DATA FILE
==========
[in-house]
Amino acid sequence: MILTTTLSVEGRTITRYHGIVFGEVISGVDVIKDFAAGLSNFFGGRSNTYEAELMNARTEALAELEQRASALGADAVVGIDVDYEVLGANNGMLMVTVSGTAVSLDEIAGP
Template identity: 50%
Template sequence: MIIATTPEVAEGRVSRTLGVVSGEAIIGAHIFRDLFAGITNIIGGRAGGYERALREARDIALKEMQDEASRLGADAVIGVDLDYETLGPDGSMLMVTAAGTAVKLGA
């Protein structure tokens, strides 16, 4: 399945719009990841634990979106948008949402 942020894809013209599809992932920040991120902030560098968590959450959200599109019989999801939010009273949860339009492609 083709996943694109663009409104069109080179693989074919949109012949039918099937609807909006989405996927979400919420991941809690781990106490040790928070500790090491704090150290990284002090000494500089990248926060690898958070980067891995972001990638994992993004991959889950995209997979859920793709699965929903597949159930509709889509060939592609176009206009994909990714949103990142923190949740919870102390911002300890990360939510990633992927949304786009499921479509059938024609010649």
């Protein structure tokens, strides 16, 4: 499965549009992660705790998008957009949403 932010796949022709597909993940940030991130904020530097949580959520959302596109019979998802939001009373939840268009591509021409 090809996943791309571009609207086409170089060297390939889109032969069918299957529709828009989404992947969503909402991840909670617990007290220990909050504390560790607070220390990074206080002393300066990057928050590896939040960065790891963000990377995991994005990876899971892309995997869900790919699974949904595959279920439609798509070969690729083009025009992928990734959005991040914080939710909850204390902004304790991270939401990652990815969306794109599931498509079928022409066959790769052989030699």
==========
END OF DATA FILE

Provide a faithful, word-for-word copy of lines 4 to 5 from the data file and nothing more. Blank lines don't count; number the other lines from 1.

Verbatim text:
Template sequence: MIIATTPEVAEGRVSRTLGVVSGEAIIGAHIFRDLFAGITNIIGGRAGGYERALREARDIALKEMQDEASRLGADAVIGVDLDYETLGPDGSMLMVTAAGTAVKLGA
């Protein structure tokens, strides 16, 4: 399945719009990841634990979106948008949402 942020894809013209599809992932920040991120902030560098968590959450959200599109019989999801939010009273949860339009492609 083709996943694109663009409104069109080179693989074919949109012949039918099937609807909006989405996927979400919420991941809690781990106490040790928070500790090491704090150290990284002090000494500089990248926060690898958070980067891995972001990638994992993004991959889950995209997979859920793709699965929903597949159930509709889509060939592609176009206009994909990714949103990142923190949740919870102390911002300890990360939510990633992927949304786009499921479509059938024609010649």